Update on the 28th annual World Muscle Society 2023 Congress

Our research communications officer, Dr Andrea Gubas, recently attended the 28th Annual World Muscle Society (WMS) Congress in Charleston, South Carolina. 

One of the largest conferences in the field of neuromuscular research the WMS Congress brings together scientists, clinicians, and patient advocates from across the world over a three-day period. Andrea shares an update on the event. 


The 28th Annual WMS Congress took place in Charleston, a gorgeous historic city on the coast of South Carolina, US, named after King Charles II. With over 900 participants and 400 people joining online, it’s one of the largest conferences in the world for neuromuscular experts. I had the pleasure of being there in person, listening to a series of exciting and informative talks and visiting some of the 500 posters (a popular method of presenting research findings at meetings) by clinicians and scientists from all around the world. 


A different take on muscle wasting 

The conference opened on the evening of 3 October with a keynote lecture by astronaut Don Thomas, who spoke about his experience of muscle atrophy in space and NASA’s research into measures to help prevent muscle wasting. 


The importance of diversity 

On the second day, Dr Gita Ramdharry from University College London, one of our former grant holders, spoke on the topic of diversity and inclusion, highlighting the need to ensure there is equal access to care for people living with a muscle wasting condition, regardless of their sex, race, and socio-economic background. She also stressed the importance of including people from all backgrounds in ongoing research. 


Debating the importance of biopsies 

Another exciting and enjoyable part of the conference was a formal, yet friendly, debate about whether muscle biopsy is still a good technique for diagnosing and monitoring muscle wasting conditions. Whether with the rapid development of genetic screening approaches and various magnetic resonance imaging (MRI) techniques, we should still rely on muscle biopsies.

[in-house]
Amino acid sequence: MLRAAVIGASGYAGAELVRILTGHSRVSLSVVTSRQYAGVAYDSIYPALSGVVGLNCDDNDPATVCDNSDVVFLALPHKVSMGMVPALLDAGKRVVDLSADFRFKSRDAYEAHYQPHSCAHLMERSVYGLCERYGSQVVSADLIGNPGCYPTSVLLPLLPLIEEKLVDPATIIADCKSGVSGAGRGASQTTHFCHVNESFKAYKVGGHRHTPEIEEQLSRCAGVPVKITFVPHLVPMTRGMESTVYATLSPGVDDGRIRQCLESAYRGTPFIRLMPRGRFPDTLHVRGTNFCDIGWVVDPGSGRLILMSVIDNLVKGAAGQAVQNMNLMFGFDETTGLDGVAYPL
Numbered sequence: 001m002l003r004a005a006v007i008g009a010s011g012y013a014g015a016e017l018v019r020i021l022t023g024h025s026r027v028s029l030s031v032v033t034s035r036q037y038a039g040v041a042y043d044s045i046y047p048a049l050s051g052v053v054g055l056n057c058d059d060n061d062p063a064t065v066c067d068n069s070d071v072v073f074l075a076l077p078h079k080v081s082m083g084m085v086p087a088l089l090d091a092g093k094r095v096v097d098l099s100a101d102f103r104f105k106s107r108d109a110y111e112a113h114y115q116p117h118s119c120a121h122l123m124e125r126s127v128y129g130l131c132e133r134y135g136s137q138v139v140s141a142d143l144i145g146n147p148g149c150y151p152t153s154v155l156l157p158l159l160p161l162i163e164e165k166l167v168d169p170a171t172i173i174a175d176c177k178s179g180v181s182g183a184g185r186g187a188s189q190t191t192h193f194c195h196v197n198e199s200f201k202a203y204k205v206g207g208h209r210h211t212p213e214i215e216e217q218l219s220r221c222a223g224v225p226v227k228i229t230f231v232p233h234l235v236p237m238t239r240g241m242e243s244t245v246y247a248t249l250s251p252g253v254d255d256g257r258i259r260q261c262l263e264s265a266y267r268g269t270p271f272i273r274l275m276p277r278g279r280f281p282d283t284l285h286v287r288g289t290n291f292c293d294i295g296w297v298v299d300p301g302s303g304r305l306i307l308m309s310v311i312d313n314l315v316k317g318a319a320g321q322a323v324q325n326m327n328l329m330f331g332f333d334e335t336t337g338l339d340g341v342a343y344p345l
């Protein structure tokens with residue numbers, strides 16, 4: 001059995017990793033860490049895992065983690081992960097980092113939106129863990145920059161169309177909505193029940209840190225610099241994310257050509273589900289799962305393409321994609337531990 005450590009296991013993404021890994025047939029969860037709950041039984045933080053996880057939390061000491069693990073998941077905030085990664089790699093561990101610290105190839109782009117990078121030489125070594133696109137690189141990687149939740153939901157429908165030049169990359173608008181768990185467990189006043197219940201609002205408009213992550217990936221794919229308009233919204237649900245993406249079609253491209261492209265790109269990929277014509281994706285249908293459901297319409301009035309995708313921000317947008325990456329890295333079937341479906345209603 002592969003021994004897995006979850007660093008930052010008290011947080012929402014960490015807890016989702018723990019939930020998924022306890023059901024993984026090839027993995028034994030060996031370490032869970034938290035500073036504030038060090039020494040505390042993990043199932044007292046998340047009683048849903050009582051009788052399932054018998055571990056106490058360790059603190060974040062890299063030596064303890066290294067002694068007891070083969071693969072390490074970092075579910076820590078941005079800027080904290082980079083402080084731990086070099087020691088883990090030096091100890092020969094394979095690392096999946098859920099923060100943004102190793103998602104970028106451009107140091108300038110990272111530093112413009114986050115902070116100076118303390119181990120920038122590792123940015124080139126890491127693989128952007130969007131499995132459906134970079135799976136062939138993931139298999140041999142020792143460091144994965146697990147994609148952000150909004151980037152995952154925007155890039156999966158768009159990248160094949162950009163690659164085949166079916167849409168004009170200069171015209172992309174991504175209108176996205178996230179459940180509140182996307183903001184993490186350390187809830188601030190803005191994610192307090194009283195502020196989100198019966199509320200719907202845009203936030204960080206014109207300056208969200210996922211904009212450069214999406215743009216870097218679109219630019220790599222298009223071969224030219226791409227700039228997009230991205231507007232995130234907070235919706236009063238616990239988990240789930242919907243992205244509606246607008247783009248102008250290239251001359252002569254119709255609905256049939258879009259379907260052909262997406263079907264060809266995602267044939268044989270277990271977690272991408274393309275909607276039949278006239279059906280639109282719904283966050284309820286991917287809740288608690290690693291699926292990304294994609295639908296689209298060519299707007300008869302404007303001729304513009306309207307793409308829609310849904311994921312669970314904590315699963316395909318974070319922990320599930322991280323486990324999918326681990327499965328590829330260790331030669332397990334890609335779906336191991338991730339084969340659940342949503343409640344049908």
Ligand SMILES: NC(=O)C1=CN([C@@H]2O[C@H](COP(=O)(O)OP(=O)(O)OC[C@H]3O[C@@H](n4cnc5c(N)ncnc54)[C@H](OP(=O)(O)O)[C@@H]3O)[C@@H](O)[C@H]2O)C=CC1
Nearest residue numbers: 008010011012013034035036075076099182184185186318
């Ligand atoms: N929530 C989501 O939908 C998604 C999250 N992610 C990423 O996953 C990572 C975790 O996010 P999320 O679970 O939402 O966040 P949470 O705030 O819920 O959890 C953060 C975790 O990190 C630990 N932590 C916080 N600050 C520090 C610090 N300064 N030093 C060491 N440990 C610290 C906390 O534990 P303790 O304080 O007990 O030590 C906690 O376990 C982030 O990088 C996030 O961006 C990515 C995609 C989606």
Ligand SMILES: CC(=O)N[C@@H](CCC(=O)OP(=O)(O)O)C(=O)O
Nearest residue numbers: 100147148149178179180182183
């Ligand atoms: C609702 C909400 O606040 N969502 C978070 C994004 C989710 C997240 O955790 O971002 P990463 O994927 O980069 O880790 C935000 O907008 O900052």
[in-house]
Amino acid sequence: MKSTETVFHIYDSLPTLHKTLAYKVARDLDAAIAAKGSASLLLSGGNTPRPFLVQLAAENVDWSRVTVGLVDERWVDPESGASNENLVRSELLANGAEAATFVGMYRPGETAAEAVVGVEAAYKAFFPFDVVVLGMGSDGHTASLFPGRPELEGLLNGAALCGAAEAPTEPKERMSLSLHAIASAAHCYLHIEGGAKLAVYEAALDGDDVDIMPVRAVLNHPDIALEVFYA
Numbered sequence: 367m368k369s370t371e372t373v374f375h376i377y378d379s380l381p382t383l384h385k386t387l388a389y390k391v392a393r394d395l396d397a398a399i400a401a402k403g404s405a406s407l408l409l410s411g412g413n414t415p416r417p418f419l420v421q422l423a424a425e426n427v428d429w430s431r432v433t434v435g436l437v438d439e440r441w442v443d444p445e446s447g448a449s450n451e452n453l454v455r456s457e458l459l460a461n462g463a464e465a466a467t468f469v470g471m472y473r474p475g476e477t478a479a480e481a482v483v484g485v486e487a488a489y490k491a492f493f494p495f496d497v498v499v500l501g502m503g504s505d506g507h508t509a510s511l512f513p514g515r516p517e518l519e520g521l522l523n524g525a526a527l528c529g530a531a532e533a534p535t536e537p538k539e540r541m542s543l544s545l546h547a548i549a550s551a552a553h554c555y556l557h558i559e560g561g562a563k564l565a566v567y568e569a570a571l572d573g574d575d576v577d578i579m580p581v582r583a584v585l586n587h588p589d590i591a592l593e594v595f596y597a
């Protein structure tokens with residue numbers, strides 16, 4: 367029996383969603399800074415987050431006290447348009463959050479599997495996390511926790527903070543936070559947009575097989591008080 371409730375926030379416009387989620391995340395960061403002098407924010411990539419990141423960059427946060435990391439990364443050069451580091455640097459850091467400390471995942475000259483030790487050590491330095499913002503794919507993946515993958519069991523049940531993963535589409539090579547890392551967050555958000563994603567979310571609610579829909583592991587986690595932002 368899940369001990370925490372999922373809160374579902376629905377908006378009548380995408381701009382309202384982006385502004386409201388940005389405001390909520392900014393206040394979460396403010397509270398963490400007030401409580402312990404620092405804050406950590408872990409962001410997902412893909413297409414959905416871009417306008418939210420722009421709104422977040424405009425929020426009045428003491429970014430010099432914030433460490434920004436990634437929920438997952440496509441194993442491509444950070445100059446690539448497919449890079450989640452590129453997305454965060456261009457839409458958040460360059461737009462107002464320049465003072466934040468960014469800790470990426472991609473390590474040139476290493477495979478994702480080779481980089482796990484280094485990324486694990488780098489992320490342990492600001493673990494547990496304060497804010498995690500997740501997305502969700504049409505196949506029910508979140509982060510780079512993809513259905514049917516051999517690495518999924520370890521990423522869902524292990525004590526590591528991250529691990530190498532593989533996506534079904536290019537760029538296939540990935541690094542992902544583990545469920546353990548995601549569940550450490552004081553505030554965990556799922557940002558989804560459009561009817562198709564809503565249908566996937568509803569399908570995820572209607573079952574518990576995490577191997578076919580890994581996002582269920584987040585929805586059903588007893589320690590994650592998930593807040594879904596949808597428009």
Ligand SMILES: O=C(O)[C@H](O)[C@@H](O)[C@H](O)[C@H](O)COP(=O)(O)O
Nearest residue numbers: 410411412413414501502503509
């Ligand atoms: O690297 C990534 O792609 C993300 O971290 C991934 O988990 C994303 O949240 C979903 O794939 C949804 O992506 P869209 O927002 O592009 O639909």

Dr Teresinha Evangelista, a neurologist and pathologist from the Institut de Myologie, France, argued that muscle biopsy is an effective, reliable, and fast technique to use. Professor Baziel van Engelen from the Radboud University Medical Centre, the Netherlands argued the opposite – that there are better, less invasive, and more reliable modern methods that can show the bigger picture regarding a muscle wasting condition. Despite the differences of opinion of the speakers, the audience still saw value in the information that comes from muscle biopsies. 


Lectures and posters 

I attended several talks from clinical experts discussing the importance of the differences of genetic and other characteristics amongst people with a muscle wasting condition. I also heard from experts talking about research into the management and treatment of conditions such a spinal muscular atrophy (SMA) and nemaline myopathy. 


Several companies developing treatments for muscle wasting conditions sponsored sessions where researchers and clinicians spoke about the challenges of living with a muscle wasting condition, and how genetic changes can affect the outcome and the progression of a condition, and the differences treatments can make. Several lectures focused on exploring different diagnostic approaches, as well as the causes of muscle wasting conditions, including congenital myopathy and FSHD.  


Clinical researchers presented their hard work in developing exercise prescriptions for people living with muscle wasting conditions, including DMD, SMA, DM1, GNE myopathy and CMT. Developing prescribed exercise plans is a challenging process, as one size doesn’t fit all. Every person has a different lived experience of their condition, and their bodies are built differently. So, it’s very encouraging and exciting to see progress in this area of research, and how exercise has a positive effect on delaying the progression and increasing the quality of life for children and adults living with these conditions. 


On the final day of the conference, we heard from various clinicians about ongoing clinical trials and the very early results that have come out of them. It’s encouraging to see how the neuromuscular field is progressing.  



On the middle day, lectures finished by lunch time, and the participants were invited to join group activities to explore Charleston’s rich history by boat, bike or foot. 


Charleston North Carolina, USA


The conference was a great opportunity to meet people in person and to catch up with colleagues from other charities, as well as researchers we’re currently funding or have recently funded, including Professors Volker Straub, Francesco Muntoni and Laurent Servais.  


The impact of our work 

Throughout the conference, it was fantastic to see the impact the NorthStar Programme we funded has had in clinical trials and in setting the standards of care of children and adults living with Duchenne muscular dystrophy.  


I was able to see many posters and presentations about the projects we are currently funding, and the difference these will make for the research field and for people with muscle wasting conditions in the future. 


Looking ahead 

We’re hoping there will be more news to share in the near future and are already looking forward to the World Muscle Society Congress in 2024, in Prague.